Unsung hero of Ocean: Plankton

Unsung hero of Ocean: Plankton
Unsung hero of Ocean: Plankton

In a huge Ocean with so many living things in it, there are these creatures so small most people never notice them, yet they are critical to all life in the oceans and on land: plankton. Planktons are incredibly tiny creatures that sometimes look like microscopic glass snowflakes, drifting through the ocean’s water column. But they are actually among the most important life forms in the ocean.

The word plankton comes from the Greek word planktos, which means drifter, or wanderer, which is precisely what plankton are!! They are tiny wandering plants and animals, drifting at the mercy of ocean waves, tides and winds. The technical definition of plankton is anything that lives in water and isn’t strong enough to swim against the current.

With their beautiful shapes and colors, Diatoms are one of the most common types of phytoplankton, and they are known for making silica (glass) cell walls, in an amazing variety of shapes and sizes. Diatoms aren’t just beautiful, they’re essential to life on earth. Phytoplankton produce 40 to 60 percent of the oxygen we breathe, and in the ocean they are the base of the food web.

However, with changing ocean conditions where billions of tons of carbon dioxide we emit into the atmosphere every year. The gas traps heat, slowly warming the sea surface. But is also changes the ocean’s chemistry. About a third of the carbon dioxide we emit is absorbed by the oceans, where it reacts with seawater to make it more acidic. As the level of carbon dioxide in the atmosphere has gone up over the past century, the ocean’s acidity has increased by about 30 percent, according to the National Oceanic and Atmospheric Administration. So a study was conducted to check if ocean acidification is going to negatively impact the phytoplankton. “We’re specifically trying to see if ocean acidification increases their growth rate or slows it down,” said William Cochlan, Romberg Tiburon Center, San Francisco State University’s marine lab in Marin County. So far, the scientists seen that in some cases phytoplankton grows faster in water with high amounts of carbon dioxide. But Cochlan cautions that growth rate isn’t the only indicator of health, and there could be negative impacts that they haven’t detected yet.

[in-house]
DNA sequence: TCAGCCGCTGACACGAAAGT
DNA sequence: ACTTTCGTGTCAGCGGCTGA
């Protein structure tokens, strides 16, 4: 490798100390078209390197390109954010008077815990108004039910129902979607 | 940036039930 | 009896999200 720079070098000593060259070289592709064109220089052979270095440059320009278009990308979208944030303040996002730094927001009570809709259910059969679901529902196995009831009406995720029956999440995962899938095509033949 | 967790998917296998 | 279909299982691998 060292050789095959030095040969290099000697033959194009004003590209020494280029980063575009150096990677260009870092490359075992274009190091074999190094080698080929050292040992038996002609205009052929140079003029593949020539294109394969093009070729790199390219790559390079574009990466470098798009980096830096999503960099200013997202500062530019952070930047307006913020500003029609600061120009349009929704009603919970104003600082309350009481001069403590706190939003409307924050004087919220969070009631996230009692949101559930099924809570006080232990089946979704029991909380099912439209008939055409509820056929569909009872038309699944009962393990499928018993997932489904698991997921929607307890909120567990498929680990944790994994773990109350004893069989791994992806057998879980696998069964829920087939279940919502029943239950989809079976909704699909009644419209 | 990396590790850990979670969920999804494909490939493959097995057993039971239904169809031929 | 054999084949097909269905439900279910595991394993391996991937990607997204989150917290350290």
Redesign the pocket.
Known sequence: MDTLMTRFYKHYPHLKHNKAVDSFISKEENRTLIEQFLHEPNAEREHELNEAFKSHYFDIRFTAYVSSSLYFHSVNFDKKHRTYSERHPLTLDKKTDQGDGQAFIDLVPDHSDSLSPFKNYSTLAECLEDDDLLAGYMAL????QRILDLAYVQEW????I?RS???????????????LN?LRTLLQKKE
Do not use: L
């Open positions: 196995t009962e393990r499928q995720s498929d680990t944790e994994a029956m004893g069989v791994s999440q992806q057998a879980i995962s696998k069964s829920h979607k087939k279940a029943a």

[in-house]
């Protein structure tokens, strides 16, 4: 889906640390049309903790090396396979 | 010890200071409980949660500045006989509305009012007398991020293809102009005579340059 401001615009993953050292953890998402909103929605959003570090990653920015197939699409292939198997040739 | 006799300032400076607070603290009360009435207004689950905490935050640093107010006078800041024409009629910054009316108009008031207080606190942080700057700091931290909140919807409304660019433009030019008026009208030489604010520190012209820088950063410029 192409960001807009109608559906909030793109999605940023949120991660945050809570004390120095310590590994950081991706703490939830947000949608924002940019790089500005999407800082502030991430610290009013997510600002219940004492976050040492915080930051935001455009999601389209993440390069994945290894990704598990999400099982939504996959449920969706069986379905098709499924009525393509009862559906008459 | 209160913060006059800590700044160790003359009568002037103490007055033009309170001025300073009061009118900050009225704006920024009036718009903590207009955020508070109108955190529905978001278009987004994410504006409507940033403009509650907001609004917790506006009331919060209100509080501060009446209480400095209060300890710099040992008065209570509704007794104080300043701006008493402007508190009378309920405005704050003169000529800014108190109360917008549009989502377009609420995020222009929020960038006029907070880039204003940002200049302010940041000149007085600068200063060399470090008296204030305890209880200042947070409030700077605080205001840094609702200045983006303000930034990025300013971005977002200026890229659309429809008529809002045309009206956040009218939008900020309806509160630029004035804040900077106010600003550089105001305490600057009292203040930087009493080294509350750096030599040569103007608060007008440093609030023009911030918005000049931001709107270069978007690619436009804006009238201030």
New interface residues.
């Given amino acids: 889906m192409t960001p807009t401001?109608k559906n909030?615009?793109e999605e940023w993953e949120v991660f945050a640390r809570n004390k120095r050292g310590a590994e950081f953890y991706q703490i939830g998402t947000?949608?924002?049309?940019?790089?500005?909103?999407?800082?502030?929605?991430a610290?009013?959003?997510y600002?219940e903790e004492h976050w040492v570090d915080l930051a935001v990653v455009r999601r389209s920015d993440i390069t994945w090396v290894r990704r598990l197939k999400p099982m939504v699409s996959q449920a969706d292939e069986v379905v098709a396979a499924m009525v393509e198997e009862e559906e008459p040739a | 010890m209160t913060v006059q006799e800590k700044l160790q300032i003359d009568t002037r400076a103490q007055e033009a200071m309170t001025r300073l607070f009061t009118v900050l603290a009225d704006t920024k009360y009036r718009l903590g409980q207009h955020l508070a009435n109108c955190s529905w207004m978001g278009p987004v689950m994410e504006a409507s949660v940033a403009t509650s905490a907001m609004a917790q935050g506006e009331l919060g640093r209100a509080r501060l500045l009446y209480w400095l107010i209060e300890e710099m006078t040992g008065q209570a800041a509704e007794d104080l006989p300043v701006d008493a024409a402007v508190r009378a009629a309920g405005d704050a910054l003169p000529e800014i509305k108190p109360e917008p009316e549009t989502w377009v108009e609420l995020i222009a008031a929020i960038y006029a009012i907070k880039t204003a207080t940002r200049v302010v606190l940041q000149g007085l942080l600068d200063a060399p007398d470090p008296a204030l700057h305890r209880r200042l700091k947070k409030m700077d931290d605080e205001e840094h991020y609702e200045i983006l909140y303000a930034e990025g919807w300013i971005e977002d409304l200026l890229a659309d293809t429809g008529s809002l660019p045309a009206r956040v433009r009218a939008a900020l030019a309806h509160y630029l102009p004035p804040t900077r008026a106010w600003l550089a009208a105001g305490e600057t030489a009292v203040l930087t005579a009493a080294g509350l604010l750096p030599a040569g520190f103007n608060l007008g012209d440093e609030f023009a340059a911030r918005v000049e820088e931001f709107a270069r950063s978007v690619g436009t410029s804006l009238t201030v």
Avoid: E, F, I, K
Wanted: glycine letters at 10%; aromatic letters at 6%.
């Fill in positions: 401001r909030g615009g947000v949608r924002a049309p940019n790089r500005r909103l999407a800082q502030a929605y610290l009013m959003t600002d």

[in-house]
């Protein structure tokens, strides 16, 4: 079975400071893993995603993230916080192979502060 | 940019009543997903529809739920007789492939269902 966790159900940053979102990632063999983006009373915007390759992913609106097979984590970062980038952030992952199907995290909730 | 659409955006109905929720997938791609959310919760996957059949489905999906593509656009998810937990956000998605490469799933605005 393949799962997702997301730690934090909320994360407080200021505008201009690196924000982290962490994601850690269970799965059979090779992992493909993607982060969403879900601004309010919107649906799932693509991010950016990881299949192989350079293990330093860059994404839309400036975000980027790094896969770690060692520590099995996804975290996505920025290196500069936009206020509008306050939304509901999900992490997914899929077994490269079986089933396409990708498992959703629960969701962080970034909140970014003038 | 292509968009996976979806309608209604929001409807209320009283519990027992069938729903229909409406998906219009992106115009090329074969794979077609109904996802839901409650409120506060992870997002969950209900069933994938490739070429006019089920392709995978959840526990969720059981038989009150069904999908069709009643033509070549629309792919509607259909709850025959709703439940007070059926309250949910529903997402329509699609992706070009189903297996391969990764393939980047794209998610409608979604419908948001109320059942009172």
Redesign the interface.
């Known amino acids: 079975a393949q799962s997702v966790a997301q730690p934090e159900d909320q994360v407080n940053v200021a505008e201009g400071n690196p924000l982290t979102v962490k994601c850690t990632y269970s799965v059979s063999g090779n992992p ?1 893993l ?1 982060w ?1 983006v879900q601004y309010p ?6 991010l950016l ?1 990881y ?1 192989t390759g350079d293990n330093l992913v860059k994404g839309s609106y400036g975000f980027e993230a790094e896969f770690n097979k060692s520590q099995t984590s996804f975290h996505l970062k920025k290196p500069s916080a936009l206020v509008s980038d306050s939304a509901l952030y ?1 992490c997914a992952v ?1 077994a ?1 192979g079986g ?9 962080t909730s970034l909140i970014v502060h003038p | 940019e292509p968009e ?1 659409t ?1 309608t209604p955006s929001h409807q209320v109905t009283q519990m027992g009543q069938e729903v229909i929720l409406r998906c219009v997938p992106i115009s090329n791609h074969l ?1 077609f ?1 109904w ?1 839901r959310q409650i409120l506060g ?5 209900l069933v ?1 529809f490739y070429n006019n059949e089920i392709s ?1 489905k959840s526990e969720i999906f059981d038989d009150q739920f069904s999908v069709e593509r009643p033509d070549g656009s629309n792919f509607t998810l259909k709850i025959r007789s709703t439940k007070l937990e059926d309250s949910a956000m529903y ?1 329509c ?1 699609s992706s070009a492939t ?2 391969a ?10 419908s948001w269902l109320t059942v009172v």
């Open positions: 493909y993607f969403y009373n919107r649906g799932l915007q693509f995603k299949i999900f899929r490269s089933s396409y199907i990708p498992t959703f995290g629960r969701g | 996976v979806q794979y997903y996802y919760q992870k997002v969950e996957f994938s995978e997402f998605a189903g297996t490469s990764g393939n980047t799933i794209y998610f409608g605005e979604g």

Not all plankton depends on carbon dioxide to grow. There is another class of drifters that act more like animals than plants, called zooplankton. Zooplankton mostly eat phytoplankton, though they sometimes each other. Zooplankton includes all drifting sea animals, from jellyfish to crab larvae. One of the biggest and most plentiful types of zooplankton is krill. They are only about the size of a paper clip, but abundant enough that enormous animals, like blue whales, can survive on a krill-only diet.

The future of these episodic bursts of productivity is unclear. A paper published last week in the journal Nature predicted that warmer waters and stronger winds will increase upwelling. But the paper’s authors say the separation between warm surface waters and cold deep water could also increase, so the upwelling might not bring up as many nutrients. It is still unknown, they say, how future changes in upwelling will affect marine life.
It’s pretty amazing to think that blue whales, the largest mammal ever live off of these tiny things. 100′ long monster eats little Betties you can barely see. Most people go through life without seeing Planktons up close. These tiny, beautiful, lungs of the planet, food for the sea are unsung heroes of the ocean.
Here is the link for the video which was part of KQED’s Deep Look series, and reveals a world that is almost invisible.

Madhumanti is a software engineer by profession. She has keen interest in technology and discussing about technology. Hope you will have a great time reading highlights on latest technology. Feel free to comment if you have any query.
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